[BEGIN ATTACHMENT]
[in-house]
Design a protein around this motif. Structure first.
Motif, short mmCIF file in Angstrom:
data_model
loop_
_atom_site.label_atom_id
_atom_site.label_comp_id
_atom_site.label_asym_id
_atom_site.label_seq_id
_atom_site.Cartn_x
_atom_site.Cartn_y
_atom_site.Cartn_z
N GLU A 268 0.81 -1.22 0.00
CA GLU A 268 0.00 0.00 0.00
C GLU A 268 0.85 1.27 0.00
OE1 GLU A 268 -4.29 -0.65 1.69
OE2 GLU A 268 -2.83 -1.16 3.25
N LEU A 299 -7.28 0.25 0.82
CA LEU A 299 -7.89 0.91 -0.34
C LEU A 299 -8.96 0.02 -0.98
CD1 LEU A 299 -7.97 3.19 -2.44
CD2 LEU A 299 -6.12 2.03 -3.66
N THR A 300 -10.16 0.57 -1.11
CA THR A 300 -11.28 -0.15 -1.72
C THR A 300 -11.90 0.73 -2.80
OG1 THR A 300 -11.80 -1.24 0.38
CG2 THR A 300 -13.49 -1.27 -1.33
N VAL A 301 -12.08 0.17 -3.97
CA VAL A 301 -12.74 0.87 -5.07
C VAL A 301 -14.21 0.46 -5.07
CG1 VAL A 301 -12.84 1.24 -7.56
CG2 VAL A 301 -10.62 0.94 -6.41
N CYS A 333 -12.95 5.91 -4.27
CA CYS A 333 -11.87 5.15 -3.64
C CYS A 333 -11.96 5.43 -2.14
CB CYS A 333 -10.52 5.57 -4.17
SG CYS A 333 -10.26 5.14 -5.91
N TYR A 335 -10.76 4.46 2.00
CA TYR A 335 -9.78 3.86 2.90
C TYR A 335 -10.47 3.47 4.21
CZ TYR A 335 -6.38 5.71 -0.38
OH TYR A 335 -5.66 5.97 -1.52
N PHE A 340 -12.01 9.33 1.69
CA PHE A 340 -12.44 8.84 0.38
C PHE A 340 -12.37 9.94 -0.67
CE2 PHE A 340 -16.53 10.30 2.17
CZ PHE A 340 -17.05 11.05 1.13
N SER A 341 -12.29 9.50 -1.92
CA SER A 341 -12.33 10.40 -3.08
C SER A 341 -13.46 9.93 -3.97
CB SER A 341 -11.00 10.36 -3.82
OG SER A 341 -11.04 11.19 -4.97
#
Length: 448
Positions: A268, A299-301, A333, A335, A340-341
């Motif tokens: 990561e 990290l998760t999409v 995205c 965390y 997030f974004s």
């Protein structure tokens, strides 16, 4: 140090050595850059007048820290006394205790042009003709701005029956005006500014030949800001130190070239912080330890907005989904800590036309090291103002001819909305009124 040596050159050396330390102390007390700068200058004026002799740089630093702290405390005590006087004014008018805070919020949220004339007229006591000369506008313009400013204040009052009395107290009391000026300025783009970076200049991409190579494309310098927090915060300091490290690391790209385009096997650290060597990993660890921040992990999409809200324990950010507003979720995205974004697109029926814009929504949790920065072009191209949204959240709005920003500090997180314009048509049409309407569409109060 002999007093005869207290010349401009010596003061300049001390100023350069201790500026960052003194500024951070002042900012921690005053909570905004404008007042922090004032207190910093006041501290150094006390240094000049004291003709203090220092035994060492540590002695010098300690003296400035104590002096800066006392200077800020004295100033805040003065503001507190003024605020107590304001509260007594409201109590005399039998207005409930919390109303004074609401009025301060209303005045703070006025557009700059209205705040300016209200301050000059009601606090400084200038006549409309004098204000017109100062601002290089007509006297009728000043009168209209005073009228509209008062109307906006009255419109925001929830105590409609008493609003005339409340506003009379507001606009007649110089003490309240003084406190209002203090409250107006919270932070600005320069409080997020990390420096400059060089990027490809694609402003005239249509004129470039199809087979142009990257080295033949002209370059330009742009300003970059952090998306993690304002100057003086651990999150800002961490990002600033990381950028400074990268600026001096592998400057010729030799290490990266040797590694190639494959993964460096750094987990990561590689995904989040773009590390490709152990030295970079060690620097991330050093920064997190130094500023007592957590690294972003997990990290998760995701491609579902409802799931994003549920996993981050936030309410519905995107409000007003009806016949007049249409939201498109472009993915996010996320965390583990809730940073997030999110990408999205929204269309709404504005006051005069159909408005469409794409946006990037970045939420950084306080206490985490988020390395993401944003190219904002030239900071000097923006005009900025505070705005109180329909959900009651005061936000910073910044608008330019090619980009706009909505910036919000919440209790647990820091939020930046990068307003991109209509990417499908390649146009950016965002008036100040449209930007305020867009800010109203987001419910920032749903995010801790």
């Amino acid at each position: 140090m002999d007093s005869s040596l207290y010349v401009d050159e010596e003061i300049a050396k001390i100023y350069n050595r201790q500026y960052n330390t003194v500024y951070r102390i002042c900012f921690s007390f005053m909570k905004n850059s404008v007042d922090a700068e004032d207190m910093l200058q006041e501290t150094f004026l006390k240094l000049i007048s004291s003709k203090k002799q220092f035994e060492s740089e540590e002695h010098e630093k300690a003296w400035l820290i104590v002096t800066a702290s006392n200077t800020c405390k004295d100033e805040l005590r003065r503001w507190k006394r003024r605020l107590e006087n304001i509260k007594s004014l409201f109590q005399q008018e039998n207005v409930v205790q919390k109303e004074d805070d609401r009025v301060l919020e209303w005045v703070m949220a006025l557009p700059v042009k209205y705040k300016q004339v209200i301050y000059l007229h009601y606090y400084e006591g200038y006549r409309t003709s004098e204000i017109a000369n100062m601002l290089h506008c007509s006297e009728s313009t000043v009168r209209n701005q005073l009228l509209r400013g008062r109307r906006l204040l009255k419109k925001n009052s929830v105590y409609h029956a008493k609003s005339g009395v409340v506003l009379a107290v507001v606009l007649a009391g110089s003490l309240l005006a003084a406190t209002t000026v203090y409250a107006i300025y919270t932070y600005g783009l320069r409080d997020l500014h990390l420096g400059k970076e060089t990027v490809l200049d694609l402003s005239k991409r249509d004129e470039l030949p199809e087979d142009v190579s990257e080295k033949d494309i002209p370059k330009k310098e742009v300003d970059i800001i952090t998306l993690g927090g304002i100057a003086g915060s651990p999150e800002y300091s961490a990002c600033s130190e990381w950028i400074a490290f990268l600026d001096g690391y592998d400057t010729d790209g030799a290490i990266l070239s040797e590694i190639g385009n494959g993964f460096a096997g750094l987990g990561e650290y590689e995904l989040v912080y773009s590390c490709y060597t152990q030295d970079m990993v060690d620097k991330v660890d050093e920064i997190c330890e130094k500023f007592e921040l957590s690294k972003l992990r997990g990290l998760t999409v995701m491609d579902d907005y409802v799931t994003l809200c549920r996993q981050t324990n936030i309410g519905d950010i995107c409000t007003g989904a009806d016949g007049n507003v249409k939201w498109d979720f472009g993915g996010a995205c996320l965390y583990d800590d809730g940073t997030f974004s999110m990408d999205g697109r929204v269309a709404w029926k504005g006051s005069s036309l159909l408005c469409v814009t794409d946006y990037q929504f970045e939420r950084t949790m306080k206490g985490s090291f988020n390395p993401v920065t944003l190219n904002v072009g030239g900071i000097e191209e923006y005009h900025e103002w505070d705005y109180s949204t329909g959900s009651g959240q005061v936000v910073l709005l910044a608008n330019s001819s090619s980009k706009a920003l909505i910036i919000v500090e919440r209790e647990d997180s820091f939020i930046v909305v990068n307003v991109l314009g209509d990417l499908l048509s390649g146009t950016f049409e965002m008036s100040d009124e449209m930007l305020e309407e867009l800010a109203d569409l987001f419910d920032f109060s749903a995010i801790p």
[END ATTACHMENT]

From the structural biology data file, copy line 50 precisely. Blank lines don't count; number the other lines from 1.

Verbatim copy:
C SER A 341 -13.46 9.93 -3.97